Australia’s ‘ABC Online’ highlights what few of us knew about Florence Nightingale; that she was a statistician more than a nurse.
“Upon arriving at the British military hospital in Turkey in 1856, Nightingale was horrified at the hospital’s conditions and a lack of clear hospital records.
Even the number of deaths was not recorded accurately. She soon discovered three different death registers existed, each giving a completely different account of the deaths among the soldiers. Using her statistical skills, Nightingale set to work to introduce new guidelines on how to record sickness and mortality across military hospitals.
With her improved data, Nightingale put her statistical skills to use. She discovered deaths due to disease were more than seven times the number of deaths due to combat, because of unsanitary hospital conditions.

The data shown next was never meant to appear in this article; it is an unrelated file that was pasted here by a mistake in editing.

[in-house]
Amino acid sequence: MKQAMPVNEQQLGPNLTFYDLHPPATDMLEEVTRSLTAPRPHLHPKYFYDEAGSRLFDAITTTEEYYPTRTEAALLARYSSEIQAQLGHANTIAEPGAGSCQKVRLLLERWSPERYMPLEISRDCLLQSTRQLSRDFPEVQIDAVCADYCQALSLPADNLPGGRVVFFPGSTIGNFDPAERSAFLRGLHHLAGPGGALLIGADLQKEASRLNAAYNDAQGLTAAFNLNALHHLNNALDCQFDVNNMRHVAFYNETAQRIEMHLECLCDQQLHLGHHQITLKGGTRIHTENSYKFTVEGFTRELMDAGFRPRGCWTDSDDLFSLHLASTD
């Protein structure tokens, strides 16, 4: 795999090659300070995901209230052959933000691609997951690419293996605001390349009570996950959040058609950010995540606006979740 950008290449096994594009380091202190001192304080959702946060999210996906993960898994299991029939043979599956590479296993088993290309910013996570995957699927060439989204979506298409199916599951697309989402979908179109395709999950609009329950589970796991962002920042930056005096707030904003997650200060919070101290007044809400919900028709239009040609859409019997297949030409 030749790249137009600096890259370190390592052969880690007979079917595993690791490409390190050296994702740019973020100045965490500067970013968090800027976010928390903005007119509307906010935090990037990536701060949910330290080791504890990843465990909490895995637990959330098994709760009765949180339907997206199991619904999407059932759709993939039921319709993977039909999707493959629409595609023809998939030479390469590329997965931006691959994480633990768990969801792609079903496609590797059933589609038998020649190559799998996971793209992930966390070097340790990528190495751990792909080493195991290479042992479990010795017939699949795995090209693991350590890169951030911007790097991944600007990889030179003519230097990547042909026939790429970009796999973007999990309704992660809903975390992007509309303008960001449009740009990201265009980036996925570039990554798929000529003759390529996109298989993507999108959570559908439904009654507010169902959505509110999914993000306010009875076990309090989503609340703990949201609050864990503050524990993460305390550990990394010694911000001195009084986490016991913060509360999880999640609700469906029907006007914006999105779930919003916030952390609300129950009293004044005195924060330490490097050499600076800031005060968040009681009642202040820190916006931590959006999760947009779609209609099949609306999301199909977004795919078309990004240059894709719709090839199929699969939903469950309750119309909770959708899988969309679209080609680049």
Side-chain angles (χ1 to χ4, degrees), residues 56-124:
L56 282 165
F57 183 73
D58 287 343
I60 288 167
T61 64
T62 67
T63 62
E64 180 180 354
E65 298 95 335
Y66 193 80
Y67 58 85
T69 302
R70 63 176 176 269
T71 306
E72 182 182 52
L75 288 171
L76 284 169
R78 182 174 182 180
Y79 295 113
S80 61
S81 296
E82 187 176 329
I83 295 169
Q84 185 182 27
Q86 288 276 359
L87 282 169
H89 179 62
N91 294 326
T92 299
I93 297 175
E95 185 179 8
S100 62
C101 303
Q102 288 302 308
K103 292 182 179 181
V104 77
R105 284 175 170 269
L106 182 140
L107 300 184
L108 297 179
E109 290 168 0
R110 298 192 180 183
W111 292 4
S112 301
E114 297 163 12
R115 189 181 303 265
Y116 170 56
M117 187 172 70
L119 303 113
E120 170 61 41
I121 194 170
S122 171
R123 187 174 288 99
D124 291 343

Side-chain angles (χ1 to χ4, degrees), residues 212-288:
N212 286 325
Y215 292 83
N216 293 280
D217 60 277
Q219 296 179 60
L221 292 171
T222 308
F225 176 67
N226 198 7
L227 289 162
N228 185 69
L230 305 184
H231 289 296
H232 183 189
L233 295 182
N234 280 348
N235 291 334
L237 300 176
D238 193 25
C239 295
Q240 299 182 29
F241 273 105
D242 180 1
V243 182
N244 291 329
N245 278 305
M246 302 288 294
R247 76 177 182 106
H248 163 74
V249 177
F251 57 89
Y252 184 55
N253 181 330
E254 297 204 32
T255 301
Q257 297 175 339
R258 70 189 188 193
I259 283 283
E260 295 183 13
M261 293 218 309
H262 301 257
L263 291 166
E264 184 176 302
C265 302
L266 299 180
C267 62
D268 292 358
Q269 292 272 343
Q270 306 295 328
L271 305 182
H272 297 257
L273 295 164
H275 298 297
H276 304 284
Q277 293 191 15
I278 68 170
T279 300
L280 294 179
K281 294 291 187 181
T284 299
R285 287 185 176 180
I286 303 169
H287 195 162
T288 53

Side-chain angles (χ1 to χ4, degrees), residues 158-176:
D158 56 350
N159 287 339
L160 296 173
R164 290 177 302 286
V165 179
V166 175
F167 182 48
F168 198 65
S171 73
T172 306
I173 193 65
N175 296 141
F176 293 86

More than 150 years after Nightingale pointed out the need to standardise datasets before comparing them, we are certain she would have something to say about the lack of standardised datasets for COVID-19.”
Her key recommendation to the British military commanders — Handwashing and social distancing!
Coronaviruses are a family of viruses. There are many different kinds, and some cause disease in animals. Coronaviruses were first discovered in the 1930s when an acute respiratory infection of domesticated chickens in the US was shown to be caused by infectious bronchitis virus (IBV).
Animal coronaviruses can “spill over” into humans. Human coronaviruses were discovered in the early 1960s when it was found that two new viruses caused a cold in humans. Later, in 1967 it was discovered, using electron microscopy, that these two viruses, B814 and 229E, were related to the 1930’s IBV “bird virus”. Soon after, these three were shown to be related to a fourth, the OC43 virus, and the fifth, mouse hepatitis virus, and they came to be known as coronaviruses.